The Ultimate Ears company website unabashedly describes their UE MEGABOOM, as “a 360-degree Bluetooth speaker that blasts freakishly amazing sound to every corner of the party.” This was exactly the experience that I anticipated as I popped the lava red (it comes in many other striking colors) mini-tower out of its black carrying case.
Not Your Daddy’s Portable Loudspeaker
Designed for “crazy, wet, muddy, and downright spontaneous adventures,” and giving you permission to leave your phone behind, the latest firmware/software version allows the UE MEGABOOM speaker to recognize Siri commands (iOS) and Google Voice (Android) that address music on their smart phones and play them. Outdoors folks rejoice, the MEGABOOM is waterproof so you can enjoy music at the pool or seashore (Ultimate Ears claims that immersion up to 1m and for up to 30 minutes will be OK but why would you really want to do this?) Download the UE App to your smart phone and there is a helpful guide and settings to get the most out of this speaker.
There are a lot of coolness factors, but first, let’s get the party started. Out of the box the MEGABOOM needs to be charged via a micro-USB cord and wall plug. There is a protective bottom cover that can be completely removed, revealing a micro-USB port, a 3.5 mm mini-plug and to complete the layout, a central connection for a mounting on an optional tripod. It took me about three hours to get the 100% signal that the lithium ion battery was ready to go for twenty hours of music. More good news is that the UE MEGABOOM battery can be replaced, if needed. Once charged up, a central power button illuminates when activated and in front is the Bluetooth button that makes a bada-bing-bada-boom sound effect when it starts blinking. After a stable connection is achieved the blinking light is extinguished. This speaker can be connected with the recent Bluetooth Smart wireless audio profile (Advanced Audio Distribution Profile or A2DP).
The driver complement of this small tower consists of a pair of 2” high-midrange units and two 2” x 4” passive radiators, covering a stated frequency range of 65-20kHz and capable of generating 90 dB maximum SPL. Up to 8 Bluetooth-enabled devices can be paired with each MEGABOOM and in turn a single source can be streamed to two MEGABOOMs simultaneously.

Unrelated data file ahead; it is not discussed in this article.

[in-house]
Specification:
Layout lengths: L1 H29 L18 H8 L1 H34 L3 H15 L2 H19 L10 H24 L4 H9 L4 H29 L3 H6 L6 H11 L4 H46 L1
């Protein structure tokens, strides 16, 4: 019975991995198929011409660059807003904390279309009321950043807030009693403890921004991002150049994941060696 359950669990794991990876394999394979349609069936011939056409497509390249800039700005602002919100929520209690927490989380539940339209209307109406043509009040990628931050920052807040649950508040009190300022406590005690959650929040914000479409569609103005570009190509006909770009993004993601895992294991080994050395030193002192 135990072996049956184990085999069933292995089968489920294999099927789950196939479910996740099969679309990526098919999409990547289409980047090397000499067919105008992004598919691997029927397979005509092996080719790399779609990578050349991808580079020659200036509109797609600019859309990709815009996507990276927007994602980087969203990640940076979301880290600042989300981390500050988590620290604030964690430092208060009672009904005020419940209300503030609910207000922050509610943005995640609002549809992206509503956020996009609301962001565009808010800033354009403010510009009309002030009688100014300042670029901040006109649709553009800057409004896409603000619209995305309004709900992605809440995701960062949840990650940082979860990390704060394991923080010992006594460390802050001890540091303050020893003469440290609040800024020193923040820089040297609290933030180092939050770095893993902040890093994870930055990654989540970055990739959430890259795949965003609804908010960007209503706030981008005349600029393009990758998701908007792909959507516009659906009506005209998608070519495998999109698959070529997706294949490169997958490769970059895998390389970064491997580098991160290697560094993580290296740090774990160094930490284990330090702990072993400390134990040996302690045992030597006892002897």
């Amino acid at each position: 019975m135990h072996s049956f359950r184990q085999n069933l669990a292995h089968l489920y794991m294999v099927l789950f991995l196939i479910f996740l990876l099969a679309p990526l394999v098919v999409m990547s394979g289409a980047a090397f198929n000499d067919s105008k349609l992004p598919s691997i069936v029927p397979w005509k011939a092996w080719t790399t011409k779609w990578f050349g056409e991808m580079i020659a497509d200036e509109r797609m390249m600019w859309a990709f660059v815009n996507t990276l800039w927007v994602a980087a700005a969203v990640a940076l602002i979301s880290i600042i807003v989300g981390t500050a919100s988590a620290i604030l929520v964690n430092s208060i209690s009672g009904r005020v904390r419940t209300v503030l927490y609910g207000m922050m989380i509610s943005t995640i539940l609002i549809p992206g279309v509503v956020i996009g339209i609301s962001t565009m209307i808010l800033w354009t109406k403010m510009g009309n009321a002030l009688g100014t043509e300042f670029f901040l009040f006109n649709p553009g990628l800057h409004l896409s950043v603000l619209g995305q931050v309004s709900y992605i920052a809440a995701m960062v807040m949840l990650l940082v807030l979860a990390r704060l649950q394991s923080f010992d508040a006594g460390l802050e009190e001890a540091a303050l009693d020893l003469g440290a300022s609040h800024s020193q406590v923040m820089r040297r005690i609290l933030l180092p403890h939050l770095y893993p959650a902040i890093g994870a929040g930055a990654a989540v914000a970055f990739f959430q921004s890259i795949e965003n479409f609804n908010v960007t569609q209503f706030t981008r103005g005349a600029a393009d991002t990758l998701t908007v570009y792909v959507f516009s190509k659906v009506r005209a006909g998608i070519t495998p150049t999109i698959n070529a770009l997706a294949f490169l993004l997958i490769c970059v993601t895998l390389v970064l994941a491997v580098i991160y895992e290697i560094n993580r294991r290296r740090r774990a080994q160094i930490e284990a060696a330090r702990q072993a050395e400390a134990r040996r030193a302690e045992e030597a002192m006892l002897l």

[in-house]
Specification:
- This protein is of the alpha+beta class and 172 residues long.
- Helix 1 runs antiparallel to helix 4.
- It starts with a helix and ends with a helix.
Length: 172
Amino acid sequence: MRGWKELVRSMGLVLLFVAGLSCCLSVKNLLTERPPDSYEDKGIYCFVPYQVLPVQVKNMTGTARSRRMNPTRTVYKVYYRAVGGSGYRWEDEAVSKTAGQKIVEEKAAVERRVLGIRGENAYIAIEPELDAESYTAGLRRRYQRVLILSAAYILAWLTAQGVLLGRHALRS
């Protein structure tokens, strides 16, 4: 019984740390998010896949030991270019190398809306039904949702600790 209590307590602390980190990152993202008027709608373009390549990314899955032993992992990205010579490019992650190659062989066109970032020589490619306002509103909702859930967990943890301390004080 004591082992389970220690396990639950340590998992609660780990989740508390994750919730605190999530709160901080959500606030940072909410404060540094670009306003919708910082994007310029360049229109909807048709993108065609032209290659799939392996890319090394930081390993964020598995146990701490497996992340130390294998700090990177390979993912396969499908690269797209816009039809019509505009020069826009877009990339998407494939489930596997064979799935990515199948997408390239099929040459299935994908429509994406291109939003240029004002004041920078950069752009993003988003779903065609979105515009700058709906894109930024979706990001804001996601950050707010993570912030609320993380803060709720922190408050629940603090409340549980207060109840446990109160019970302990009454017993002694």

I wish that I could have used the PartyUp function that can link up to 50 UE speakers (including the smaller BOOM 2) but judging from what I got out of a single UE MEGABOOM, I could only imagine that being surrounded by Booms would generate an out-of-body effect. You can also play DJ through this speaker to kick start your dance party. To get the best sound in your listening space, the app has a 5-band customizable equalizer, definitely a must for outdoor listening. No remote control, no problem. There is a “tap” control on top that you strike once to play, once to pause, and twice to skip the selection. My experience with this function was that while it worked it took some repetitive efforts to make it perform.
The coolness continued with the Siri voice commands that started music (when it could be made to respond). I mated this speaker with the Amazon Echo Dot Generation 2 wireless controller (with which it was bundled) and this became my primary listening set up although other sources (see below) were also checked out. The Echo Dot got access to my iTunes music library, Amazon Prime Music, Spotify, Pandora, and a variety of TunedIn radio stations, all in very nice mp3 sound. Switching musical gears was a piece of cake and seamless. Streaming from both my iPhone6 and my MacBook Air was also flawless and I fed the MEGABOOM files ranging from CD-quality to high-resolution FLAC files (up to 192kHz/24-bit); my Audirvana player showed that hi-res stuff was down-converted to 44kHz/16-bit resolution.
I spent hours with this little red tower of power and ran the gamut of music from classic rock (Led Zeppelin), Mississippi Delta blues (Sonny Boy Williamson), contemporary jazz (Keith Jarrett), cutting-edge neo jazz/pop (Esperanza Spalding), among others. Consistent sonic impressions were a big sound that easily filled my 16’ x 12’ x 8’ listening room. Dispersion was extraordinary and gave the illusion of a much bigger speaker system. The bass was ample without being boomy. Where the MEGABOOM yielded some ground to my reference Bowers & Wilkins T7 Bluetooth speaker was in the airiness of the higher frequencies. Again, in the outdoor party setting pictures that populated the UE website, this might not be a critical issue for casual listeners who just want to have fun.
The Final Assessment
The Ultimate Ears MEGABOOM may be the kick starter for some epic poolside fests and at the asking price of $299, you could encourage a few of your good friends to ante up and get their own MEGABOOMS to assemble a multichannel wireless speaker surround system that will make everyone’s ears smile. And with the UE’s exclusive PartyUP feature, friends can wirelessly connect up to 50 MEGABOOM speakers to take partying to a whole new level, putting the UE MEGABOOM in a category of its own when it comes to Bluetooth speakers.
- Bluetooth Connectivity
- Advanced Audio Distribution Profile (A2DP)
- Two 2” high/mid drivers; 2” x 4” passive radiators
- Frequency response
- 65Hz-20kHz (maximum SPL: 90 db)
- UE App
- Compatible Android and iOS devices
- micro USB charging cable/ power adapter
- 877 gm
- Dimensions (W x H)
- 3.3” (83 mm) diam x 8.9” (226 mm) ht
Editor’s Note: This review was updated to add mention of the UE MEGABOOM working together with the Amazon Echo Dot.
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